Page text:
Do the well-established beneficial effects of EETs (epoxyeicosatrienoic acids) in the vasculature also extend to the myocardium? That's just what we explore in this new podcast about the work by Cao et al, which is highlighted in our Call for Papers on Heart Failure - Novel Therapeutic Pathways Emerging from Basic Science. Listen as Consulting Editor David D. Gutterman (Medical College of Wisconsin) interviews lead author Nader G. Abraham (New York Medical College) and content expert Kevin Dellsperger (Augusta University Health System) about the translational work by Abraham and colleagues. As a downregulator of NOV, EETs act as anti-inflammatory molecules attenuating cardiac damage. Abraham and co-authors found that EETs increase Wnt, resulting in the reprogramming of epicardial fat toward a brown fat phenotype, thereby increasing left ventricle function and contractility. What novel and "potentially drug-able" pathway is responsible for attenuating obesity-induced cardiomyopathy? Listen now.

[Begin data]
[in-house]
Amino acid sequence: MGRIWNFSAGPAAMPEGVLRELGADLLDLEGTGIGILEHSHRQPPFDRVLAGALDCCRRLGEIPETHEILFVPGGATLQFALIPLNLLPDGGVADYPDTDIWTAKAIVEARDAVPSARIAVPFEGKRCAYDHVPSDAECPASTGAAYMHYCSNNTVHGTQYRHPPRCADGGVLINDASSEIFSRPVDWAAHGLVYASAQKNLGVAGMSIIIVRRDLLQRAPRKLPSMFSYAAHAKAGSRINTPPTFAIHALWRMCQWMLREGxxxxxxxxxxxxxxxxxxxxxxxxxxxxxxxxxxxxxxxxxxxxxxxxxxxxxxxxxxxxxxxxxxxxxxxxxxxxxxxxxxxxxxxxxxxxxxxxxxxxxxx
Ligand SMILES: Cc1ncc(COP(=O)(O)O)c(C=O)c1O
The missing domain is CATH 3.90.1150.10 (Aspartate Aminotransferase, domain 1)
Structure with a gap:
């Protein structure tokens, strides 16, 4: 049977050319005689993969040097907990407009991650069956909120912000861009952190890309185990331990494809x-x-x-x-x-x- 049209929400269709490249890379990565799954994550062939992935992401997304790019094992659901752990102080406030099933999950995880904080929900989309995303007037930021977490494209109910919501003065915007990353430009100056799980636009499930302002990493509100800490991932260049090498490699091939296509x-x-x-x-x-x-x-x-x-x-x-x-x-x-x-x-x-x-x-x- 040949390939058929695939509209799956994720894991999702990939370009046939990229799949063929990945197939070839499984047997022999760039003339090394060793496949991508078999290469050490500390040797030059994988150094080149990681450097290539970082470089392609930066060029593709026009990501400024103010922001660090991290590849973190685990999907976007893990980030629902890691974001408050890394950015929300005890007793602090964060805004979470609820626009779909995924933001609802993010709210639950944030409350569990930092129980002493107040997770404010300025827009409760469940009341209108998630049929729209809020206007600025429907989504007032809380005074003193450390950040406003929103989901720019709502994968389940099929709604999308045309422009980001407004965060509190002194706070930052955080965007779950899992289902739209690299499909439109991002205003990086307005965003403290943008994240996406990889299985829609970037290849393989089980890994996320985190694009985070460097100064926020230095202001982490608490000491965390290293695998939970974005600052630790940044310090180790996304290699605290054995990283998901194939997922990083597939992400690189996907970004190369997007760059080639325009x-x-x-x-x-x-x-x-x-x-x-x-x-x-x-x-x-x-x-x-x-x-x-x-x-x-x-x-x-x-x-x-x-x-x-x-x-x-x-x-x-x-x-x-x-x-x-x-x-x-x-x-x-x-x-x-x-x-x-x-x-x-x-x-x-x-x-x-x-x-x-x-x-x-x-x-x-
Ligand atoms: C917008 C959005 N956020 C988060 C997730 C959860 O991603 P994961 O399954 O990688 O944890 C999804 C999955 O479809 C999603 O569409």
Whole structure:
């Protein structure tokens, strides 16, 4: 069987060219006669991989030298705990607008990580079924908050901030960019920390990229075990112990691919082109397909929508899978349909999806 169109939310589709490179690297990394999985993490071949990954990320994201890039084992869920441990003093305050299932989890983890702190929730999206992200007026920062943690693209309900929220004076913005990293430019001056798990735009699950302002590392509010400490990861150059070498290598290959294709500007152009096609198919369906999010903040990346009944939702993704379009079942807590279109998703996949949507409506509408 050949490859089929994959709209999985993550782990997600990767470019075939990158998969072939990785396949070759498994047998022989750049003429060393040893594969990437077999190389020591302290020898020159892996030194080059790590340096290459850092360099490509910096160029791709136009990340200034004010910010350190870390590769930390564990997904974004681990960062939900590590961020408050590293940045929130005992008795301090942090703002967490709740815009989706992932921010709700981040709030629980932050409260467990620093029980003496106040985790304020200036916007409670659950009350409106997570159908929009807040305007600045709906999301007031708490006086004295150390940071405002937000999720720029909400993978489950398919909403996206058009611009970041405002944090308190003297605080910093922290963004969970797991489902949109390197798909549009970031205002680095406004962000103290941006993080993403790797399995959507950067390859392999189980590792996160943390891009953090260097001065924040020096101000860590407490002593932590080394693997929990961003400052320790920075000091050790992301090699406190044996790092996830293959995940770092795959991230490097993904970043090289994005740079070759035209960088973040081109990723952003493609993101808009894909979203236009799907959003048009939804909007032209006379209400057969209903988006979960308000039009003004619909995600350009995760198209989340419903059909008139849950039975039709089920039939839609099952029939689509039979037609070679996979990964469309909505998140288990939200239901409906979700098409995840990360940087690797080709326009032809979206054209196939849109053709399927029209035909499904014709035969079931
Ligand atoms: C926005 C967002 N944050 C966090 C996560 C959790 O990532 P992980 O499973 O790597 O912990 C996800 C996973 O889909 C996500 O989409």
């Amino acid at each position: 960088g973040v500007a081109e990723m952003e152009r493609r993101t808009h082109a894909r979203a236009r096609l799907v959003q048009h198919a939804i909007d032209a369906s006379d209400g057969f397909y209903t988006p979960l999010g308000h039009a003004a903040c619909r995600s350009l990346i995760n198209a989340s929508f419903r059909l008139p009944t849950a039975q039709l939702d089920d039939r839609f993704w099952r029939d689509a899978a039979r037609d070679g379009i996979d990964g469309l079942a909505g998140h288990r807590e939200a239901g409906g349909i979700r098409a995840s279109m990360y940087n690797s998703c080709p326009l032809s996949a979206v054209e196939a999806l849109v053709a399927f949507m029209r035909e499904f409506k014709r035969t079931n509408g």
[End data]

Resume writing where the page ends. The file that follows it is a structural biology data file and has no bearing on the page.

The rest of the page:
Jian Cao, Shailendra P. Singh, John McClung, Gregory Joseph, Luca Vanella, Ignazio Barbagallo, Houli Jiang, John R. Falck, Michael Arad, Joseph I. Shapiro, Nader G. Abraham EET Intervention on Wnt1, NOV and HO-1 Signaling Prevents Obesity-Induced Cardiomyopathy in Obese Mice Am J Physiol Heart Circ Physiol, published June 2, 2017. DOI: 10.1152/ajpheart.00093.2017


Leucine Metabolism Inhibits Cardiac Glucose Uptake